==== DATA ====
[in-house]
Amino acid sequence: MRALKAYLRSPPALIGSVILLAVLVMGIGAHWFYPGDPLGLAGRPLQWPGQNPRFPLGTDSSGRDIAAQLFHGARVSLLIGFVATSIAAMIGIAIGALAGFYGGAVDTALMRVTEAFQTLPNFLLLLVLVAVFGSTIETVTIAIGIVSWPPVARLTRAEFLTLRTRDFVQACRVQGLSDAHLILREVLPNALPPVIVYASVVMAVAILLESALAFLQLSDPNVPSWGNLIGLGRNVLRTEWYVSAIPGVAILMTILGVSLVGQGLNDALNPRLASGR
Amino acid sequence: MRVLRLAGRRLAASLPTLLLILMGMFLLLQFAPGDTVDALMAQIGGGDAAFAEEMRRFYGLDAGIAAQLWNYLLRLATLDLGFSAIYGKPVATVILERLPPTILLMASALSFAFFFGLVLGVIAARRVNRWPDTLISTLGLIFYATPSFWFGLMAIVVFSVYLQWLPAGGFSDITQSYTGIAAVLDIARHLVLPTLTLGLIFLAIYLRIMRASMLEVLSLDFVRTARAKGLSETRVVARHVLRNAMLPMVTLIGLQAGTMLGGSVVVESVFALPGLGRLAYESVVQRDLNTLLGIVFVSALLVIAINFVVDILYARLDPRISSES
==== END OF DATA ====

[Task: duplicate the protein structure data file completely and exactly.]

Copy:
[in-house]
Amino acid sequence: MRALKAYLRSPPALIGSVILLAVLVMGIGAHWFYPGDPLGLAGRPLQWPGQNPRFPLGTDSSGRDIAAQLFHGARVSLLIGFVATSIAAMIGIAIGALAGFYGGAVDTALMRVTEAFQTLPNFLLLLVLVAVFGSTIETVTIAIGIVSWPPVARLTRAEFLTLRTRDFVQACRVQGLSDAHLILREVLPNALPPVIVYASVVMAVAILLESALAFLQLSDPNVPSWGNLIGLGRNVLRTEWYVSAIPGVAILMTILGVSLVGQGLNDALNPRLASGR
Amino acid sequence: MRVLRLAGRRLAASLPTLLLILMGMFLLLQFAPGDTVDALMAQIGGGDAAFAEEMRRFYGLDAGIAAQLWNYLLRLATLDLGFSAIYGKPVATVILERLPPTILLMASALSFAFFFGLVLGVIAARRVNRWPDTLISTLGLIFYATPSFWFGLMAIVVFSVYLQWLPAGGFSDITQSYTGIAAVLDIARHLVLPTLTLGLIFLAIYLRIMRASMLEVLSLDFVRTARAKGLSETRVVARHVLRNAMLPMVTLIGLQAGTMLGGSVVVESVFALPGLGRLAYESVVQRDLNTLLGIVFVSALLVIAINFVVDILYARLDPRISSES